"Binge Thinking" was written by screenwriter Diablo Cody. After several profiles of Cody in the months leading up to and following the release of her debut film, she was hired to write a column detailing her unique view of the entertainment business. If You Ask Me..." Libby Gelman-Waxer was brought in to write his former Premiere column for Entertainment Weekly in 2011. There are four to six major articles within the middle pages of the magazine; these articles are most interviews, but there are narrative articles as well as lists. Feature articles tend to focus on movies and television and less on books and the theatre. In the magazine's history, there have only been a few cover stories devoted to authors. There are seven sections of reviews in the back pages of each issue (together enc
Timothy Zachary Mosley, known professionally as Timbaland, is an American record producer, singer, songwriter and DJ. Timbaland's first full credit production work was in 1996 on Ginuwine...the Bachelor for R&B singer Ginuwine. After further work on Aaliyah's second studio album One in a Million and Missy Elliott's debut studio album Supa Dupa Fly, Timbaland became a prominent producer for R&B and hip hop artists; as a rapper he released several albums with fellow rapper Magoo, followed by his debut solo album Tim's Bio in 1998. In 2002, Timbaland produced the hit single "Cry Me a River" for Justin Timberlake, going on to produce most of Timberlake's subsequent LPs such as FutureSex/LoveSounds and The 20/20 Experience and their respective hit singles. A Timbaland-owned imprint label, Mosley Music Group, featured artists such as Nelly Furtado, whose Timbaland-produced album Loose was a commercial and critical success. In 2007, Timbaland released a solo album, Shock Value, followed by Shock Value II in 2009.
Aside from the aforementioned artists, Timbaland's production credits from the 2000s forward include work with Jay-Z, Ludacris, Bubba Sparxxx, Rihanna, OneRepublic, Drake, Rick Ross and others. As a songwriter he has written as of 85 UK hits and 99 hits Stateside. Timbaland has received widespread acclaim for his production style. In 2007, Entertainment Weekly stated that "just about every current pop trend can be traced back to him — from sultry, urban-edged R&B songstresses... to the art of incorporating avant-garde sounds into No. 1 hits." Timothy Zachary Mosley was born on March 10, 1972 in Norfolk, Virginia, to Latrice, who ran a homeless shelter, Garland Mosley, an Amtrak employee. He graduated from Salem High School of Virginia. During his time as a DJ, he was known as "DJ Tim" or "DJ Timmy Tim", his brother, Sebastian, is around nine years younger. His sister Courtney Rashon is a makeup author from New Jersey. While attending high school, Timbaland began a long-term collaboration with rapper Melvin Barcliff.
The teenage Mosley joined the production ensemble S. B. I. which featured Neptunes producer Pharrell. Mosley was high school friends with brothers Terrence and Gene Thornton, who would become known as Pusha T and Malice of the rap group Clipse, respectively. In 1986, when Timbaland was 14 years old, he was accidentally shot by a co-worker at a local Red Lobster restaurant and was paralyzed for nine months. During this time, he began to learn. Singer and rapper Missy Elliott began working with him, she and her R&B group, auditioned for DeVante Swing, a producer and member of the successful R&B act Jodeci. DeVante signed Sista to his Swing Mob record label and Elliott brought Mosley and Barcliff along with her to New York, where Swing Mob was based, it was DeVante who renamed the young producer Timbaland, after the Timberland brand of construction boots. He and Magoo became part of SCI Zakys School stable of Swing Mob signees known as "Da Bassment" crew, joining artists such as R&B singer Ginuwine, male vocal group Playa, the girl group Sugah.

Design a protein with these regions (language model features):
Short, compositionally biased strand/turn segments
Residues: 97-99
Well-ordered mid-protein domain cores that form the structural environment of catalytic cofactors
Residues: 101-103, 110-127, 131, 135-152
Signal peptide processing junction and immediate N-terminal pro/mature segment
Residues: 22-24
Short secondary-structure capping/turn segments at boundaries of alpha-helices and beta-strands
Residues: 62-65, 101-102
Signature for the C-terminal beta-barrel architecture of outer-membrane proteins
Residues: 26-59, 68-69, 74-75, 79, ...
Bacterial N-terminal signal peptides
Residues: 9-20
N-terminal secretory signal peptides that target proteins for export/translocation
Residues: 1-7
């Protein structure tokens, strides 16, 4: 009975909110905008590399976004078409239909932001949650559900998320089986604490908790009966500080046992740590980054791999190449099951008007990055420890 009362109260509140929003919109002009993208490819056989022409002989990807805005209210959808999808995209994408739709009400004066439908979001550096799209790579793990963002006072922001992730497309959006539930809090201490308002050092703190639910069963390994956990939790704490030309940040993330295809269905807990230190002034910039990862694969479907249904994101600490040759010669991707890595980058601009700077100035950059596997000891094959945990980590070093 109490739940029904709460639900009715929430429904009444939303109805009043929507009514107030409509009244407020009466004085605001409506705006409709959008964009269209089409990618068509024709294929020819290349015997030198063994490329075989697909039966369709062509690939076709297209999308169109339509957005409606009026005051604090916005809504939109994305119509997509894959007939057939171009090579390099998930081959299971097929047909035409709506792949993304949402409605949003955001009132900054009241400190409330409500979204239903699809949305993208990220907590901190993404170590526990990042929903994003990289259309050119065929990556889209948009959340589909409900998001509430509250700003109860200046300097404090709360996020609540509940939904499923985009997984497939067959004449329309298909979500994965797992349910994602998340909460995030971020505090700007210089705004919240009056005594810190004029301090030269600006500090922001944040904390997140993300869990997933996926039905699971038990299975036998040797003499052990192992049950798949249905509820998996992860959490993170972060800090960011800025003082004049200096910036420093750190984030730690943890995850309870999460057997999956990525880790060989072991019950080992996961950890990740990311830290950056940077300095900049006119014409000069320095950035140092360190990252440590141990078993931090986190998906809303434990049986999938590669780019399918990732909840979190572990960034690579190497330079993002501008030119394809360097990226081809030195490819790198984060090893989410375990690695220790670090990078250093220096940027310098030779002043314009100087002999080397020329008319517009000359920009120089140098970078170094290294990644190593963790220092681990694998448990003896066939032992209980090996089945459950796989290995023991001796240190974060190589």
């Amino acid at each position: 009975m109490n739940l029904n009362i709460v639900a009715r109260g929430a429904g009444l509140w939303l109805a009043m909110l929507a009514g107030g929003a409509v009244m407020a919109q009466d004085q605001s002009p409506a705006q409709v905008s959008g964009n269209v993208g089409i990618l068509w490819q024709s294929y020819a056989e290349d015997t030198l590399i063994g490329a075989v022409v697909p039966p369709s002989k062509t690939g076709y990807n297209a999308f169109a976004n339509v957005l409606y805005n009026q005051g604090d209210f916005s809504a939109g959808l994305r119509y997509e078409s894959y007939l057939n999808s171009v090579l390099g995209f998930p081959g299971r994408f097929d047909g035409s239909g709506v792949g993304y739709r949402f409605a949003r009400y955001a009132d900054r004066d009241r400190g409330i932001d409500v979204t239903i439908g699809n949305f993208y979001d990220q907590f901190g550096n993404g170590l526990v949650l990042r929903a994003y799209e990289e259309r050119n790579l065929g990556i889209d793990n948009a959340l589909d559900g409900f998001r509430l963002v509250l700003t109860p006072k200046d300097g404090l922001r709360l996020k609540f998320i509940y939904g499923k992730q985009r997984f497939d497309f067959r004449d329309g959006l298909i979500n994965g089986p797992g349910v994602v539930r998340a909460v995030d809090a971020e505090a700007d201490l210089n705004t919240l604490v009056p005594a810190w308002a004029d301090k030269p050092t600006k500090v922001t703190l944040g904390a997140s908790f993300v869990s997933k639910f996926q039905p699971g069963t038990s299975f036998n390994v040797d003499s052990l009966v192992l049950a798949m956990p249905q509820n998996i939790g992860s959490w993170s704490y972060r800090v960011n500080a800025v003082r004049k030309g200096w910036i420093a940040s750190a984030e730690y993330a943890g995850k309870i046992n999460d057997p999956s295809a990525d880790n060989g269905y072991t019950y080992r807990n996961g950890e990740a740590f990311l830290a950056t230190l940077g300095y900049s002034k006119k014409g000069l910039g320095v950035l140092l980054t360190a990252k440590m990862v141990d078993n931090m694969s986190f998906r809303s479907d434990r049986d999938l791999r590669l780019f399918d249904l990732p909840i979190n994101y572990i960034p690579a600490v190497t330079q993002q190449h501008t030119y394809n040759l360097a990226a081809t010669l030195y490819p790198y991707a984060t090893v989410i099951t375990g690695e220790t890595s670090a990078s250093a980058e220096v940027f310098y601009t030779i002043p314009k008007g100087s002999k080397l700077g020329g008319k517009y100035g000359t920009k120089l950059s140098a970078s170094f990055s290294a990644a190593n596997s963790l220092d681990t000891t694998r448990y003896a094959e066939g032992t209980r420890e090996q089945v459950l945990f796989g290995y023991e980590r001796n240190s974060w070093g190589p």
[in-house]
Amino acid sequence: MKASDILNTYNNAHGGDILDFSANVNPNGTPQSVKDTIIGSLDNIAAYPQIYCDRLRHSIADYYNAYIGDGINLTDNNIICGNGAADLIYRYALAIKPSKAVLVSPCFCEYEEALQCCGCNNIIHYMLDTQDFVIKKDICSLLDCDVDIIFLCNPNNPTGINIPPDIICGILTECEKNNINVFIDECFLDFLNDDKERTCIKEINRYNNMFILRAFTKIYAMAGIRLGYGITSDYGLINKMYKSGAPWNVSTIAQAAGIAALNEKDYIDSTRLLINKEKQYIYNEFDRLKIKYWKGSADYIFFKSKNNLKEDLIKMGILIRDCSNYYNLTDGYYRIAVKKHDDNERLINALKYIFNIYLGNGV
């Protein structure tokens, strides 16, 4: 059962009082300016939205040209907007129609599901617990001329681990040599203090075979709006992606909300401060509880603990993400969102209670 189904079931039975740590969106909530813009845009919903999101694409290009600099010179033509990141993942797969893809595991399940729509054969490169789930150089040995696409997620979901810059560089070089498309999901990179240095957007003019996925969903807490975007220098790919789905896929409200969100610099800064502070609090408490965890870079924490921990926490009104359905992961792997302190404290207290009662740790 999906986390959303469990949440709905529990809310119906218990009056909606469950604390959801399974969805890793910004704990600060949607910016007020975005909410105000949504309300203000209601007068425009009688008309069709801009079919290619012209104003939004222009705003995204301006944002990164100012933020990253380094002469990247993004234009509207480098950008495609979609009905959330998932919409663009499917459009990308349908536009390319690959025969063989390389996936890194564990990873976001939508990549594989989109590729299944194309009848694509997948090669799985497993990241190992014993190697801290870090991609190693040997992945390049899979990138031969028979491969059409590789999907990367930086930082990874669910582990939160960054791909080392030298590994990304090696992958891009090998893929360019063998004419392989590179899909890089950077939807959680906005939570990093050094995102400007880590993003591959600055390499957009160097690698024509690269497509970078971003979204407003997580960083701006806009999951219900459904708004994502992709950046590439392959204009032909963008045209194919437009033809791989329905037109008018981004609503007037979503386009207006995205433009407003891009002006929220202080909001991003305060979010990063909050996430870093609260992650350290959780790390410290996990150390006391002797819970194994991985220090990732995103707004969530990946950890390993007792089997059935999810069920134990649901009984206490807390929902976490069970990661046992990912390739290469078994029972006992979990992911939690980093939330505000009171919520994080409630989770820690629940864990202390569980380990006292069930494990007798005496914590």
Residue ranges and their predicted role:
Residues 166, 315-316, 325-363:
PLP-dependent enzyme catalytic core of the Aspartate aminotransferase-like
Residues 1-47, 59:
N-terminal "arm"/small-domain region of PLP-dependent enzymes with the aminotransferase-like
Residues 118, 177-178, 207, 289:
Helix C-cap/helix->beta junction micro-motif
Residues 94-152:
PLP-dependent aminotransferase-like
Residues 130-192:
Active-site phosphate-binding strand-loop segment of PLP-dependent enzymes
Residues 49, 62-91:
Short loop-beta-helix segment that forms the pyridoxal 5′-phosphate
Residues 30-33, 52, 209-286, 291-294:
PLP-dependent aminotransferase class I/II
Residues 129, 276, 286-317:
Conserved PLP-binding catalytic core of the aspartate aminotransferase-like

Timbaland did production work on a number of projects with DeVante, including the 1995 Jodeci LP The Show, The After-Party, The Hotel, Sista’s début LP 4 All the Sistas Around da World. Elliott began receiving recognition as a songwriter for artists such as R&B girl group 702 and MC Lyte. Due to Timbaland's connection with her, he was contacted to produce remixes of her songs. Timbaland began his producing career for R&B acts. In the early-1990s, he produced a few songs for R&B acts such as Sista. In 1996, he made his mainstream breakthrough by producing the majority of both Aaliyah's second album One in a Million and Ginuwine's debut album Ginuwine...the Bachelor. This included the major hit singles "If Your Girl Only Knew" by Aaliyah and "Pony" by Ginuwine. While Timbaland was producing for R&B artists, his trademark sound was much rooted in hip-hop with its fast-paced nature and clear drum breaks, he was taking a hip-hop sound and applying it to R&B, in this way his sound was instrumental in blurring the distinction between hip-hop and R&B production.
In 1997, he produced Supa Dupa Fly, the debut album of Missy Elliott, a childhood friend of Mosley. In this album Timbaland continued with his now trademark electronic production style, but since Missy rapped the music was considered hip-hop. In 1997, he released his first album with his partner Magoo, Welcome to Our World a hip-hop album. In the late 1990s, his hip-hop production sound would become influential and common as he produced for many high-profile hip-hop artists including Jay-Z, The LOX. In 1999, he scored a major hit with Jay Z and rap group UGK with the hit "Big Pimpin'", he fully produced Missy's second album in 1999, Da Real World. Still Timbaland in this period produced for R&B artists, he continued to produce for Ginuwine and Aaliyah, as well as contributing to albums by Xscape, Nicole and Total. He remixed Usher's major hit "You Make Me Wanna". In the early 2000s Timbaland produced songs including Ludacris' "Roll Out", Jay-Z's "Hola' Hovito", Petey Pablo's "Raise Up", Beck's cover of David Bowie's "Diamond Dogs" during this period.